LSD: While not addictive and rarely the cause of an overdose, LSD is potentially dangerous due to its nature as a powerful hallucinogen, and it is a synthetic drug, accidentally conceived by Swiss chemist Albert Hofmann in the 30s. It is illegal due to its nature as a powerful mind-altering substance, rather than severe side-effects or addictive properties.

Krokodil: A notorious albeit rare drug used in Eastern Europe and more recently in the US, Krokodil is a mixture of several substances for the explicit purpose of a very powerful high, at the cost of poisoning, tissue necrosis (tissue death), and death. Known as desomorphine, it is made by mixing codeine with household items including paint thinner and petrol.

MDMA: Also known as Molly or Ecstasy, MDMA is a “euphoric stimulant” much like cathinones, popularized through rave culture and dance festivals for years – and in other circles, more recently. Abundantly available as colorful tabs and tablets, MDMA is a common party drug, known for altering perception, and causing long-term negative side effects such as depression and addiction. Like LSD, the medical and psychological potential for MDMA is under research, but recreational use of the drug is very dangerous.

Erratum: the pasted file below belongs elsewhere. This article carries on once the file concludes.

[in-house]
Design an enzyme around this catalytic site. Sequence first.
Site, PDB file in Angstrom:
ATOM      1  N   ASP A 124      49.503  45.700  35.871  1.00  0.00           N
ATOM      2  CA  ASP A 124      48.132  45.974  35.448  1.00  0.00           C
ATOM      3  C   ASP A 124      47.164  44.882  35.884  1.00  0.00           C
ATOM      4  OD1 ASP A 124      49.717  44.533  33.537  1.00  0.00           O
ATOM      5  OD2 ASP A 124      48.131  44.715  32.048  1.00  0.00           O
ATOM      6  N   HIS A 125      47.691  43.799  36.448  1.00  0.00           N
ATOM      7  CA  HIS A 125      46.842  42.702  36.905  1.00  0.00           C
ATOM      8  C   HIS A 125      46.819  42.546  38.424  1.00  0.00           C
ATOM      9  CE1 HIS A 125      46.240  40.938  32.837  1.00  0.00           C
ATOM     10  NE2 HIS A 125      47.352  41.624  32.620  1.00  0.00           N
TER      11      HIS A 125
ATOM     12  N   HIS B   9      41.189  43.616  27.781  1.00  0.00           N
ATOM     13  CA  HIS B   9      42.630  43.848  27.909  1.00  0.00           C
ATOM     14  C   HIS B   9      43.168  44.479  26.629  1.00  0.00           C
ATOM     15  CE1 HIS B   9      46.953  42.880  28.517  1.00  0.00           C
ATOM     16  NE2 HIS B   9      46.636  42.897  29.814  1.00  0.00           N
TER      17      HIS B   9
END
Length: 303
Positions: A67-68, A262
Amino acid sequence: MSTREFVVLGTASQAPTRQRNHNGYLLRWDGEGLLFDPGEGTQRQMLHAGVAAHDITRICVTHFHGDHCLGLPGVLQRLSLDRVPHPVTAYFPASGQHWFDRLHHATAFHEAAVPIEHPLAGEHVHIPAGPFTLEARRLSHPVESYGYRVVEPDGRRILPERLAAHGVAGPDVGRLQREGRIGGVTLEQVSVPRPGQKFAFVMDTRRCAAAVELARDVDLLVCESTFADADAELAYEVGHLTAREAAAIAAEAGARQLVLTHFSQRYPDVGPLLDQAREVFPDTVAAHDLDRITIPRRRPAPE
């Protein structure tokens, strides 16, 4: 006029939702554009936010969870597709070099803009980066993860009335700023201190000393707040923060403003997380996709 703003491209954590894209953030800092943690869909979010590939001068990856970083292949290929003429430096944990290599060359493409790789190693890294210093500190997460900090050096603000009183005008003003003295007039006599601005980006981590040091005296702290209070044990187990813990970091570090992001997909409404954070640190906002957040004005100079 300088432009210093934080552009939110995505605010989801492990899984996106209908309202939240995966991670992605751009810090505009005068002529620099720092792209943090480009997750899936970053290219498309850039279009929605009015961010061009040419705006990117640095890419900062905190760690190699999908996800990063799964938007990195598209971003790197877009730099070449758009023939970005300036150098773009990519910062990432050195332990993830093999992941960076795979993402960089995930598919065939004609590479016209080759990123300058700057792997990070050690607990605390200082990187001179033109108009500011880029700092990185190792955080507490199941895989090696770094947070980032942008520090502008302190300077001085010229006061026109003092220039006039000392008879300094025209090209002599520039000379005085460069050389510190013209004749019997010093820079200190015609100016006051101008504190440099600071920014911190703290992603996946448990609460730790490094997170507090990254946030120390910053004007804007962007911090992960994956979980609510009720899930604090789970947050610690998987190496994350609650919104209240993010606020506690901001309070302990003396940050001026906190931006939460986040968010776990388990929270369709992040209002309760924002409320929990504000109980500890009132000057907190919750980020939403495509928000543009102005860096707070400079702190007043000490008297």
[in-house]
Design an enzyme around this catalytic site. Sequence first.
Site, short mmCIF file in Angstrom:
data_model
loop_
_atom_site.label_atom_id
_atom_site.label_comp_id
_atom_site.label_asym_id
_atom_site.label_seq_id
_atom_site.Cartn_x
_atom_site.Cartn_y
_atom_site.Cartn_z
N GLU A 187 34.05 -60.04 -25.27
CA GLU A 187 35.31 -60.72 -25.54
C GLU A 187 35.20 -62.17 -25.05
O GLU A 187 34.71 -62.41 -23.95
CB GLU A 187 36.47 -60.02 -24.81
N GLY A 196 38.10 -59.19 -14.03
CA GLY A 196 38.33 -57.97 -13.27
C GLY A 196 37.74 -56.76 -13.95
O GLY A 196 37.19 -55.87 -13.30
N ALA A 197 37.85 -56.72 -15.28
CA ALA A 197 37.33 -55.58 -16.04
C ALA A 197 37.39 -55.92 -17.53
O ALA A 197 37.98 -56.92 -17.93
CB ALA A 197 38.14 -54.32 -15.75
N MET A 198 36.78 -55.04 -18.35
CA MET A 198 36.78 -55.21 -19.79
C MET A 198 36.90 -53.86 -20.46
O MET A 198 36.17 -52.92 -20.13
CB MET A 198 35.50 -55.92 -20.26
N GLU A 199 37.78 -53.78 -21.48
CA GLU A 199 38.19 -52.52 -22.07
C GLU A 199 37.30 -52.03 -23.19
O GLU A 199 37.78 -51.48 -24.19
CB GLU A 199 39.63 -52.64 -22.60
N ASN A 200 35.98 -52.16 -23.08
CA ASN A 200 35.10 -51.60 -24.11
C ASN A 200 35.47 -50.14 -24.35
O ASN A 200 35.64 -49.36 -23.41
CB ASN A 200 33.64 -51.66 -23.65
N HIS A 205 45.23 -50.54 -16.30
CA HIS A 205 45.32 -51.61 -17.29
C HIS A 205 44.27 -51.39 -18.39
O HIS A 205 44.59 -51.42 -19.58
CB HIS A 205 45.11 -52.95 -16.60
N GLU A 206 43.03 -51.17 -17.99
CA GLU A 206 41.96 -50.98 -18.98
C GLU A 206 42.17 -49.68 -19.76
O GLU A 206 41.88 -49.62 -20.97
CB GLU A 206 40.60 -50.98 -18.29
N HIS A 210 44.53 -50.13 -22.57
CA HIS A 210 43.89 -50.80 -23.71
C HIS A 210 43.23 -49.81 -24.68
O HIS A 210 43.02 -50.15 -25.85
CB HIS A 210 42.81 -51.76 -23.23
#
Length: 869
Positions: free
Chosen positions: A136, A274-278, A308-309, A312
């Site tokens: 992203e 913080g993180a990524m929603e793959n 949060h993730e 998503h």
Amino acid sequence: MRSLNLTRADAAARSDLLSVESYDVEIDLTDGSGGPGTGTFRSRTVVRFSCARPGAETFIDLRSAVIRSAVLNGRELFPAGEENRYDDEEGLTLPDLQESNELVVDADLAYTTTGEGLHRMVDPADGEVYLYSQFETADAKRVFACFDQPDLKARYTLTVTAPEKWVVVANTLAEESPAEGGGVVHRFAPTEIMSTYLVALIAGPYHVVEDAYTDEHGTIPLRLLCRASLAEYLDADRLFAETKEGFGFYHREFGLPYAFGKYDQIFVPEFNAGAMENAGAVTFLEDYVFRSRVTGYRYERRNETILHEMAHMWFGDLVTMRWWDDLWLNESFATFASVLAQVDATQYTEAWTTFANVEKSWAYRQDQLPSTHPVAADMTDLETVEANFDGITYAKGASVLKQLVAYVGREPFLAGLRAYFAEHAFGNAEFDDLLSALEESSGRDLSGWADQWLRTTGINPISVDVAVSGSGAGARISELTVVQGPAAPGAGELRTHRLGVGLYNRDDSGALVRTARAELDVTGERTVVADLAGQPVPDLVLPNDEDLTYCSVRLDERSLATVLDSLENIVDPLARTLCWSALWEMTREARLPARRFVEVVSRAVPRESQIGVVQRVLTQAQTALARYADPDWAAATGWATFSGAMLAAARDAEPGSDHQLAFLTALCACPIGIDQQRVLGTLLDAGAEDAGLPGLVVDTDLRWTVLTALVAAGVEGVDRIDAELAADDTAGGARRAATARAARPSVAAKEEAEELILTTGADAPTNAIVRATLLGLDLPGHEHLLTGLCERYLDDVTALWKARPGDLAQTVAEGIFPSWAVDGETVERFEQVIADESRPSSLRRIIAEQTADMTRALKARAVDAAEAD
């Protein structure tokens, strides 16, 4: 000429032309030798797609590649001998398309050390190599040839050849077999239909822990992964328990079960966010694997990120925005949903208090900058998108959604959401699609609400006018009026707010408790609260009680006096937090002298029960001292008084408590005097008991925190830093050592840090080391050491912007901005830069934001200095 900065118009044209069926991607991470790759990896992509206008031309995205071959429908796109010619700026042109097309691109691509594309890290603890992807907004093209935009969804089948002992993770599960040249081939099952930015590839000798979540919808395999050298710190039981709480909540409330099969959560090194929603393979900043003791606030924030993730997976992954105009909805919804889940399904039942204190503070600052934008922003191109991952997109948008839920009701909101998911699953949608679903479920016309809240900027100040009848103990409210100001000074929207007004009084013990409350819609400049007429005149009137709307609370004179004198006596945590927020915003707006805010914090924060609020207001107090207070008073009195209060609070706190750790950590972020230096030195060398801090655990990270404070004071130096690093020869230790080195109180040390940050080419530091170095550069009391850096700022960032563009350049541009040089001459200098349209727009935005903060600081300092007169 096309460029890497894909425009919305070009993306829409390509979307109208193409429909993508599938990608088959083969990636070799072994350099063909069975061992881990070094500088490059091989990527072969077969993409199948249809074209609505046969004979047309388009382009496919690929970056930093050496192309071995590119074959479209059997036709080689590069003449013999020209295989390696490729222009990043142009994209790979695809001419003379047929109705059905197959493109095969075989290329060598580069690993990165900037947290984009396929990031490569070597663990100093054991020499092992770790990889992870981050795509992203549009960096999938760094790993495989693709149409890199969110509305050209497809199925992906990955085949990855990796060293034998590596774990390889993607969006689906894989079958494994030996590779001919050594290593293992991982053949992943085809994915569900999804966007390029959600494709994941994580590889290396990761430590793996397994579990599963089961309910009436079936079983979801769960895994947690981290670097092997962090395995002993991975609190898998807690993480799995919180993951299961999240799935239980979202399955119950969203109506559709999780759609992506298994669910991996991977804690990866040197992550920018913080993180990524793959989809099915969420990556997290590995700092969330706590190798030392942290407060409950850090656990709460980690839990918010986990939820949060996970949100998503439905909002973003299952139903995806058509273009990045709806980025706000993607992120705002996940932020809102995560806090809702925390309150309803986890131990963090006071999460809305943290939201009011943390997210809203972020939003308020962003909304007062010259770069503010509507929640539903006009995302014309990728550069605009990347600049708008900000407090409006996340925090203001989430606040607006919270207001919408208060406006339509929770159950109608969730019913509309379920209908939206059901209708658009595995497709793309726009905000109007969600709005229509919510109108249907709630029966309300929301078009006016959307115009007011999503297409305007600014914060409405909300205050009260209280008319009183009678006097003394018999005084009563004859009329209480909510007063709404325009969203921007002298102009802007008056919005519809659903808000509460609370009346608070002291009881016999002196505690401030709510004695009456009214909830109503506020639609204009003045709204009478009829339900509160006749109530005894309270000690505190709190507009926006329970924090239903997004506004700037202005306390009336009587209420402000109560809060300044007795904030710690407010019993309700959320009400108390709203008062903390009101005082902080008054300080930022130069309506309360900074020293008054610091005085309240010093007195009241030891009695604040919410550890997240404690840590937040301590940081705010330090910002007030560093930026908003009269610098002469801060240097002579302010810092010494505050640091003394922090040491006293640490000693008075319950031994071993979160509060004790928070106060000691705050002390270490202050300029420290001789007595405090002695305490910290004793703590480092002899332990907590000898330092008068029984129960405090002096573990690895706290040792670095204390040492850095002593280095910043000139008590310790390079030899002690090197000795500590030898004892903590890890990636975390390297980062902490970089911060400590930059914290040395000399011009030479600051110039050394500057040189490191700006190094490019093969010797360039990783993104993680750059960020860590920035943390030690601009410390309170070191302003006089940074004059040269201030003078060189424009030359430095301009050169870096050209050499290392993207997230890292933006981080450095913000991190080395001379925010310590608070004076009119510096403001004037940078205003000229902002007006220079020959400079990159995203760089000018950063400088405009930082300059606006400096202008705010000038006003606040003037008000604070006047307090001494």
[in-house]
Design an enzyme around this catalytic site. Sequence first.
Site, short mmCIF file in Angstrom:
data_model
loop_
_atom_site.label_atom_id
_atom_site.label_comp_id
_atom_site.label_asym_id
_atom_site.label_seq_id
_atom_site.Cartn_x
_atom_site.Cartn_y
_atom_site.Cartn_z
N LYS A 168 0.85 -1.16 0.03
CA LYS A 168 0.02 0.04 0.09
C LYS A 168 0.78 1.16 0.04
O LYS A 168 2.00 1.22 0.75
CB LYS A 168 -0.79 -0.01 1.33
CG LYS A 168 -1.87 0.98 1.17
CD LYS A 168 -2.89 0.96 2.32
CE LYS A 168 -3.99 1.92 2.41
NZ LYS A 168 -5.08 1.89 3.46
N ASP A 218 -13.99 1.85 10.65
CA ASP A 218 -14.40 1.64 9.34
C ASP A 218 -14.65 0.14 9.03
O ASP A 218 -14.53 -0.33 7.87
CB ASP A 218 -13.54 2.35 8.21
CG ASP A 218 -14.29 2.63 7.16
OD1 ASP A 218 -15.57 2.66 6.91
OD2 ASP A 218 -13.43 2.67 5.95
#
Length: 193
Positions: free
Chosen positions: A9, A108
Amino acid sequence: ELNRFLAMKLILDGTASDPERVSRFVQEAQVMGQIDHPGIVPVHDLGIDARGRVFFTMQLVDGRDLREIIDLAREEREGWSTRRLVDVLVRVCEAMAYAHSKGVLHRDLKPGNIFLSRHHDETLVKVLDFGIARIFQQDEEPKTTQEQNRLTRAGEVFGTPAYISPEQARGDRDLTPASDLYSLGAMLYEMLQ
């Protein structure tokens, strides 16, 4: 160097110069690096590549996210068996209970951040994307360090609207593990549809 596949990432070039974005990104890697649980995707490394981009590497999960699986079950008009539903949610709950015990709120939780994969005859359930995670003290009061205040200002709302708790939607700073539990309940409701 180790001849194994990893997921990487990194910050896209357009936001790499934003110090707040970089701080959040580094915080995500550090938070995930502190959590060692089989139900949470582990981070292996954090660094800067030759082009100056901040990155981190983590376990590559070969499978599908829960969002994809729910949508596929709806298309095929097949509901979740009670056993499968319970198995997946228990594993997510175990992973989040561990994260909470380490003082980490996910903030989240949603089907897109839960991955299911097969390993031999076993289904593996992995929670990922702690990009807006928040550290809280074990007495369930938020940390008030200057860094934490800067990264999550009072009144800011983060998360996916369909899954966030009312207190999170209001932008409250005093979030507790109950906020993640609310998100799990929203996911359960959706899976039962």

One or two positive experiences with these drugs does not negate their dangers. Side effects are a possibility, rather than a guarantee, but they are often more severe and more common with synthetic drugs due to manufacturing mistakes, bad mixes, and other elements of human error. Synthetic cannabinoids, for example, are mixed and sprayed onto desiccated plant material. Sometimes, this spotty application can result in plant pieces with a much higher – and much more dangerous – concentration of the active drug.